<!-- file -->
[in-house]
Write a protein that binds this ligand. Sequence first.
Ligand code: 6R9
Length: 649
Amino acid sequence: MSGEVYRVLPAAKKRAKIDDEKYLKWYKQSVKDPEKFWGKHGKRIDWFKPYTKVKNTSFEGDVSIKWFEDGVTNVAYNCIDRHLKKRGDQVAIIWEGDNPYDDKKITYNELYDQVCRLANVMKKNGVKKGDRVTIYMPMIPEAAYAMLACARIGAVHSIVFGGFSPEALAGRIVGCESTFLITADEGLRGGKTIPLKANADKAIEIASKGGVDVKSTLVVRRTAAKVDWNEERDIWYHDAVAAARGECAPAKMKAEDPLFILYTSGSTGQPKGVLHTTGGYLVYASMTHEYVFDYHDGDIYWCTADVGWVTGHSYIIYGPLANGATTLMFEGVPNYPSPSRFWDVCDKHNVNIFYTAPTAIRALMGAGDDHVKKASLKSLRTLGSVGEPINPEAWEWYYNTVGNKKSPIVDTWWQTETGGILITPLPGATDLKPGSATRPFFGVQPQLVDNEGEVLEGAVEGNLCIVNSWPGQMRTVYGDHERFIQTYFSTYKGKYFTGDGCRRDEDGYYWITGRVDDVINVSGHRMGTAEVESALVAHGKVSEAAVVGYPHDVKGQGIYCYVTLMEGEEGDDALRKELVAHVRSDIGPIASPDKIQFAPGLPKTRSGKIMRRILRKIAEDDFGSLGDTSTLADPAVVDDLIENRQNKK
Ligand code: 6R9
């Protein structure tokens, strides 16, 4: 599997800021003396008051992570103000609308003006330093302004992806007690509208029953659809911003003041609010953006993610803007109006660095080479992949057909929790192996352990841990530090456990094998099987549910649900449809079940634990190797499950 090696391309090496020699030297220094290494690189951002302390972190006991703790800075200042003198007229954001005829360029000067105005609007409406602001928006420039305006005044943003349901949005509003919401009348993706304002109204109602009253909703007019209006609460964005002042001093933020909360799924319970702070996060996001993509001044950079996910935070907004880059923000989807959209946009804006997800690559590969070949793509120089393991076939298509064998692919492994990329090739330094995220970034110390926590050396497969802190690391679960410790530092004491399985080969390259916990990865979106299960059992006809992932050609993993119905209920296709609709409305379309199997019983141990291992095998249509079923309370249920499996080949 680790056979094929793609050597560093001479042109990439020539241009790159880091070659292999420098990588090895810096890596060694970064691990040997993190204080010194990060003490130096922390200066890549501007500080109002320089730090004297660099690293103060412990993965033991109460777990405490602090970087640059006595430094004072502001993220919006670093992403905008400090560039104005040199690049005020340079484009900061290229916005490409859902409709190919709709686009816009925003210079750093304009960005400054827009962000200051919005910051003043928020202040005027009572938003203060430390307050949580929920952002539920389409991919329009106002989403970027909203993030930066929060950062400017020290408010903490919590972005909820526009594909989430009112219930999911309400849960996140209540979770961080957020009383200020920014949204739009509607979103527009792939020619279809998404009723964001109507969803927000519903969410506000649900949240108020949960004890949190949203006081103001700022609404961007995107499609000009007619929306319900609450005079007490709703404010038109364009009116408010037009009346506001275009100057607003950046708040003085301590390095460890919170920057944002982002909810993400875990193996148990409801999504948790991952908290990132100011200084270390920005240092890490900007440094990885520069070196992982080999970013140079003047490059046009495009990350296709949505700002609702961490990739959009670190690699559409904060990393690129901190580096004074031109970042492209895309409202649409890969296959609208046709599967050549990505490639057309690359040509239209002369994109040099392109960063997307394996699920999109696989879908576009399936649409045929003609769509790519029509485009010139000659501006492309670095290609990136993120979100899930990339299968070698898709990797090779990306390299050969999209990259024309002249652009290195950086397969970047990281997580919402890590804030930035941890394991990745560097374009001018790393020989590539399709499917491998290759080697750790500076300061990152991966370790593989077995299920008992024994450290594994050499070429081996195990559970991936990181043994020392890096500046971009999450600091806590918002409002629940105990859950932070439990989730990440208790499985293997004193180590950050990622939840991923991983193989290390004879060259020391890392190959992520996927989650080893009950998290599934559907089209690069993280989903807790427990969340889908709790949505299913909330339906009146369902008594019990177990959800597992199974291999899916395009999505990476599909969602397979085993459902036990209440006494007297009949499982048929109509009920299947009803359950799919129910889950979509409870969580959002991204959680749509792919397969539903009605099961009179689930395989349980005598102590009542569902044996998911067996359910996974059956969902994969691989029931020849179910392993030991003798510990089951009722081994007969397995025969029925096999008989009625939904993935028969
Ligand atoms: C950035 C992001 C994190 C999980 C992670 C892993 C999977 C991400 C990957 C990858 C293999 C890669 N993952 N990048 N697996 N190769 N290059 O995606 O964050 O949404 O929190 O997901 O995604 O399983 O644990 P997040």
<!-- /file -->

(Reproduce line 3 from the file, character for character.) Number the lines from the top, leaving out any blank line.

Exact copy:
Ligand code: 6R9